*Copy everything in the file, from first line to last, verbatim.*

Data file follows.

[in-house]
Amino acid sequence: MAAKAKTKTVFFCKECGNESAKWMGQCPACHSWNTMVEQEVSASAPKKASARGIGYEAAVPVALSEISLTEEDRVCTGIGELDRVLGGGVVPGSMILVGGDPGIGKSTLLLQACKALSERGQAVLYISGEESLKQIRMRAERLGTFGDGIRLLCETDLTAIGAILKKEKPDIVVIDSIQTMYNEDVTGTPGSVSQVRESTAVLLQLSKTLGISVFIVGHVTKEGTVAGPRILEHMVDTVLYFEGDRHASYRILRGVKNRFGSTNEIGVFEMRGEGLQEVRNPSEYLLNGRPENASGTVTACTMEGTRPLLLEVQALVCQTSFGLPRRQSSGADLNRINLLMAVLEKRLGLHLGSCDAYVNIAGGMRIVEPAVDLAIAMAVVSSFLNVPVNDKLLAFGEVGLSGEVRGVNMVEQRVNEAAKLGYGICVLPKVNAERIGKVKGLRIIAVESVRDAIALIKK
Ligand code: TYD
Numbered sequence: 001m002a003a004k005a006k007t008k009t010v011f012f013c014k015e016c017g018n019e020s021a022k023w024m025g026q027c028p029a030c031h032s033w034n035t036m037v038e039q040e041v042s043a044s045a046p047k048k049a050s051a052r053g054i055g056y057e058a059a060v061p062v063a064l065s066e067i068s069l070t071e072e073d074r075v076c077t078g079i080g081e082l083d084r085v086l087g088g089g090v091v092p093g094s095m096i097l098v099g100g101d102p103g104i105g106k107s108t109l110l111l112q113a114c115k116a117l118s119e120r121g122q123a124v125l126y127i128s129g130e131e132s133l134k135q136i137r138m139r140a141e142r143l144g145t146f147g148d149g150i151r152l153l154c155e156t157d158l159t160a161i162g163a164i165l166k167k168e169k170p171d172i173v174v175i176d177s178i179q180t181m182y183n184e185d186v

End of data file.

[in-house]
Amino acid sequence: MAAKAKTKTVFFCKECGNESAKWMGQCPACHSWNTMVEQEVSASAPKKASARGIGYEAAVPVALSEISLTEEDRVCTGIGELDRVLGGGVVPGSMILVGGDPGIGKSTLLLQACKALSERGQAVLYISGEESLKQIRMRAERLGTFGDGIRLLCETDLTAIGAILKKEKPDIVVIDSIQTMYNEDVTGTPGSVSQVRESTAVLLQLSKTLGISVFIVGHVTKEGTVAGPRILEHMVDTVLYFEGDRHASYRILRGVKNRFGSTNEIGVFEMRGEGLQEVRNPSEYLLNGRPENASGTVTACTMEGTRPLLLEVQALVCQTSFGLPRRQSSGADLNRINLLMAVLEKRLGLHLGSCDAYVNIAGGMRIVEPAVDLAIAMAVVSSFLNVPVNDKLLAFGEVGLSGEVRGVNMVEQRVNEAAKLGYGICVLPKVNAERIGKVKGLRIIAVESVRDAIALIKK
Ligand code: TYD
Numbered sequence: 001m002a003a004k005a006k007t008k009t010v011f012f013c014k015e016c017g018n019e020s021a022k023w024m025g026q027c028p029a030c031h032s033w034n035t036m037v038e039q040e041v042s043a044s045a046p047k048k049a050s051a052r053g054i055g056y057e058a059a060v061p062v063a064l065s066e067i068s069l070t071e072e073d074r075v076c077t078g079i080g081e082l083d084r085v086l087g088g089g090v091v092p093g094s095m096i097l098v099g100g101d102p103g104i105g106k107s108t109l110l111l112q113a114c115k116a117l118s119e120r121g122q123a124v125l126y127i128s129g130e131e132s133l134k135q136i137r138m139r140a141e142r143l144g145t146f147g148d149g150i151r152l153l154c155e156t157d158l159t160a161i162g163a164i165l166k167k168e169k170p171d172i173v174v175i176d177s178i179q180t181m182y183n184e185d186v